There are thousands of different types of ferns in the world, and in the United States alone, there are over 500 different varieties. You can never be sure how to overwinter the specific fern species you have growing on your porch or in a pot on your patio until you try it. There are, of course, many ferns that can only be grown outside in USDA plant hardiness zones 8 through 11, such as the Boston fern (Nephrolepis exaltata). The most important thing to remember while overwintering a fern is to mimic the plant’s preferred outside conditions as precisely as possible in the house.
- Retain only the tallest, straightest stems at the center of the fern after trimming. The young fronds should be cut to a height of 10 inches or less. One-third of the plant can be safely removed.
- Make sure the fern is kept at a temperature of between 50 and 55 degrees Fahrenheit by bringing it indoors. A south-facing window is ideal for ferns that need more light and heat to thrive. To catch any leaves that may fall, place an old sheet or piece of newspaper on the floor beneath the plant.
- Water the fern once every week. Make sure to moisten the soil enough to keep it moist but not saturated. In order to prevent the plant from drying out, mist tropical ferns need to be misted several times every week.
- During the winter, refrain from applying fertilizer. In February or March, begin feeding your plants with an all-purpose, water-soluble fertilizer.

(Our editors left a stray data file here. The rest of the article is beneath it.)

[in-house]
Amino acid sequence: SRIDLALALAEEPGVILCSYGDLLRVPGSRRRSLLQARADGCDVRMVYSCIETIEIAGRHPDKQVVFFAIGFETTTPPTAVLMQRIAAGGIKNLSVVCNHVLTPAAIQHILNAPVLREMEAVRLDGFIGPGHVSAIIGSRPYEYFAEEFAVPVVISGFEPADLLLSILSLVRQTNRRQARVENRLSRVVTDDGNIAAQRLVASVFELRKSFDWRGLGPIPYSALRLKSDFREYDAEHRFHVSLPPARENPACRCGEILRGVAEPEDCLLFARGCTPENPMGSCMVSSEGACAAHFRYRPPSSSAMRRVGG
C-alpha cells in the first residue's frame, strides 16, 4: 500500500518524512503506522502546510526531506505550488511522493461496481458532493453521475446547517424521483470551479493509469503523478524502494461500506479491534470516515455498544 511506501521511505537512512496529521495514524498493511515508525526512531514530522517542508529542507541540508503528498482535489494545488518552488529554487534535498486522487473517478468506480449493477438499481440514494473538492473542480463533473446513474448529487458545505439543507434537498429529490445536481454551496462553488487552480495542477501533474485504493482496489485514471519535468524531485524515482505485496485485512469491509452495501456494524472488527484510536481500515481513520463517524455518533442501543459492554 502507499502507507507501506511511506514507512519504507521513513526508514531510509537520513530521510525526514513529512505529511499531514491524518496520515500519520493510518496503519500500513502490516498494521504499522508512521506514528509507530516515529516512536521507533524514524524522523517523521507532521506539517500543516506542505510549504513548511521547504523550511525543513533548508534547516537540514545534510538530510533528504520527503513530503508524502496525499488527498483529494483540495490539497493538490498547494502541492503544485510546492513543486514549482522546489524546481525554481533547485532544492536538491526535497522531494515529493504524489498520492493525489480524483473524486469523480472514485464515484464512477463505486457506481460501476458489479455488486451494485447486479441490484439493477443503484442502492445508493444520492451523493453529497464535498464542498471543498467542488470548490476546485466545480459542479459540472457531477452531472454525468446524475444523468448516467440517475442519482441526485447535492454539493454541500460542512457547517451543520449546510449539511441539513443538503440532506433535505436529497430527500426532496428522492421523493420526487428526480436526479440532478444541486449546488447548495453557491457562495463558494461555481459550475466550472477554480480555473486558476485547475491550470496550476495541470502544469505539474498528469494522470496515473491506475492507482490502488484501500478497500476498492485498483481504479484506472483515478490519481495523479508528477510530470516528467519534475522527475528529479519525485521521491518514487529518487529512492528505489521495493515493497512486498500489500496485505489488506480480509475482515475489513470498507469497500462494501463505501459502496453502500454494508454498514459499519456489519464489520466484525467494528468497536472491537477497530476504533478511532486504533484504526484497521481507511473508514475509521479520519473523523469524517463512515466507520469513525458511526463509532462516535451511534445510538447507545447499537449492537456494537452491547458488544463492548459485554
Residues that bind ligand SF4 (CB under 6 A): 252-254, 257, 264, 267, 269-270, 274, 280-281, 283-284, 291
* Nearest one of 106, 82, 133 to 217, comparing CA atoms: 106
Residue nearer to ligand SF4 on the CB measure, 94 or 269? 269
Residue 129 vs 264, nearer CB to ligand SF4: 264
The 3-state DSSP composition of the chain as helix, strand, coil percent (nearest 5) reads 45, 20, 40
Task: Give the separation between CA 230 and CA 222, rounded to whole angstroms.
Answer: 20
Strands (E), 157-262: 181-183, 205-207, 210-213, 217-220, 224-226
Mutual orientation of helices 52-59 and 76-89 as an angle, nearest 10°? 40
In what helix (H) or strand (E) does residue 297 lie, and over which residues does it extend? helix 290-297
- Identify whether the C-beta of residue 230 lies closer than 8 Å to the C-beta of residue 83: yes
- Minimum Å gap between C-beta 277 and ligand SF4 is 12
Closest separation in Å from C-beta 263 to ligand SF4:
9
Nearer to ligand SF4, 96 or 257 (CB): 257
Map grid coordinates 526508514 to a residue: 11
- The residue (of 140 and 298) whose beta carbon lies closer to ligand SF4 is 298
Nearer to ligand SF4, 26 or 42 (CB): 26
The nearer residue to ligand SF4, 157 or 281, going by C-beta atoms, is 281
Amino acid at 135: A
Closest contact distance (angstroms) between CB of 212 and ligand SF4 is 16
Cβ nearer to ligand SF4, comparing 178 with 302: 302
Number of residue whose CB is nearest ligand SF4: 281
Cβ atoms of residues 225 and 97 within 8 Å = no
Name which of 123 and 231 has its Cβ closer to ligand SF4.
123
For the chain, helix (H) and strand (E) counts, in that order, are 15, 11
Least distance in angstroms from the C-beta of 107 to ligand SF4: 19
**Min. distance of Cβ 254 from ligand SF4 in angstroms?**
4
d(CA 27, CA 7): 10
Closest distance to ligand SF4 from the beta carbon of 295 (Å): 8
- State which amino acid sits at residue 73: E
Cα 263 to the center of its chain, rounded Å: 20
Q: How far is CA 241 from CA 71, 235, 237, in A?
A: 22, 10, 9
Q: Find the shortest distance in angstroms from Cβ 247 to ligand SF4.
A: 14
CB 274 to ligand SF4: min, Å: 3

- Throughout the winter, remove any browning fronds that appear.
Things You Will Need
- A single sheet or a collection of ancient newspapers.
- Fertilizer that dissolves easily in water.
- Can of water
The Boston fern, for example, does not always overwinter well. In the winter, these plants will be able to survive in the house, although they may not thrive. If you have a plant that is still alive but has lost its luster, don’t worry about it; if you take it back outside, it will recover its previous beauty.
What to Do With Boston Ferns in Winter
The first step in winter care for Boston ferns is to locate an appropriate spot for the plants to overwinter. Warm, indirect light from a south window that isn’t obscured by trees or buildings is ideal for the plant’s growth. Temperatures should not exceed 75 degrees F during the day (24 C.). The Boston fern can only be kept as a houseplant if it has a high level of humidity.
Gardeners who try to keep Boston ferns in a hot, dry home setting over the winter often find themselves in a mess and a lot of aggravation. Keep Boston ferns dormant and put them in a garage, basement or outside building where temperatures don’t fall below 55 degrees F for overwintering (13 C.). Boston ferns in dormancy don’t need light during the winter; a dark environment is sufficient for the plant at this stage of its life cycle.
While the Boston fern still has to be watered regularly, only a small amount of moisture is required for it to go into dormancy.
Can Boston Ferns Stay Outdoors in Winter?
A Boston fern can be overwintered outside in subtropical climates where there is little risk of frost or freezing temperatures. Boston ferns can be wintered outdoors in USDA Hardiness Zones 8b to 11.